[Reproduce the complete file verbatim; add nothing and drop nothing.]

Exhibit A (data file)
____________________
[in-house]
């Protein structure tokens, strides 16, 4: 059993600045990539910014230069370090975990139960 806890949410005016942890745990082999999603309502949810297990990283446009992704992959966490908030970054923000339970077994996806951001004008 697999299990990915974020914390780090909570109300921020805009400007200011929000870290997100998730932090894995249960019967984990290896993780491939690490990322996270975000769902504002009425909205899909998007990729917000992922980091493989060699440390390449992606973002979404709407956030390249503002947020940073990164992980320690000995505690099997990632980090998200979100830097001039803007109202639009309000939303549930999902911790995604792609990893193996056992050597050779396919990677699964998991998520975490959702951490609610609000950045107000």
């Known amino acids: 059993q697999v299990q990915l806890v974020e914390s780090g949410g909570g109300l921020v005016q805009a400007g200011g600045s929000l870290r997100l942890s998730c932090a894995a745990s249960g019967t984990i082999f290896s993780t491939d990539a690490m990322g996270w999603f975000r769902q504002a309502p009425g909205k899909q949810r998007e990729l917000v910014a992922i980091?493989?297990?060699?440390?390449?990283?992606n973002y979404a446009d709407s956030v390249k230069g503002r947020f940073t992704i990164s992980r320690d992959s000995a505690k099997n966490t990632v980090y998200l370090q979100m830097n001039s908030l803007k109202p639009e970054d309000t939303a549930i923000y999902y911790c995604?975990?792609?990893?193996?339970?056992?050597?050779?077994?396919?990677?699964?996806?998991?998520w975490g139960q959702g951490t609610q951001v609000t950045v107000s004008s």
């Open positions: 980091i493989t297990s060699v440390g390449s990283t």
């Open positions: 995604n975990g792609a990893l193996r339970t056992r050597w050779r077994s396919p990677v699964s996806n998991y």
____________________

[in-house]
């Protein structure tokens, strides 16, 4: 059993600045990539910014230069370090975990139960 806890949410005016942890745990082999999603309502949810297990990283446009992704992959966490908030970054923000339970077994996806951001004008 697999299990990915974020914390780090909570109300921020805009400007200011929000870290997100998730932090894995249960019967984990290896993780491939690490990322996270975000769902504002009425909205899909998007990729917000992922980091493989060699440390390449992606973002979404709407956030390249503002947020940073990164992980320690000995505690099997990632980090998200979100830097001039803007109202639009309000939303549930999902911790995604792609990893193996056992050597050779396919990677699964998991998520975490959702951490609610609000950045107000």
């Known amino acids: 059993q697999v299990q990915l806890v974020e914390s780090g949410g909570g109300l921020v005016q805009a400007g200011g600045s929000l870290r997100l942890s998730c932090a894995a745990s249960g019967t984990i082999f290896s993780t491939d990539a690490m990322g996270w999603f975000r769902q504002a309502p009425g909205k899909q949810r998007e990729l917000v910014a992922i980091?493989?297990?060699?440390?390449?990283?992606n973002y979404a446009d709407s956030v390249k230069g503002r947020f940073t992704i990164s992980r320690d992959s000995a505690k099997n966490t990632v980090y998200l370090q979100m830097n001039s908030l803007k109202p639009e970054d309000t939303a549930i923000y999902y911790c995604?975990?792609?990893?193996?339970?056992?050597?050779?077994?396919?990677?699964?996806?998991?998520w975490g139960q959702g951490t609610q951001v609000t950045v107000s004008s």
């Open positions: 980091i493989t297990s060699v440390g390449s990283t």
């Open positions: 995604n975990g792609a990893l193996r339970t056992r050597w050779r077994s396919p990677v699964s996806n998991y």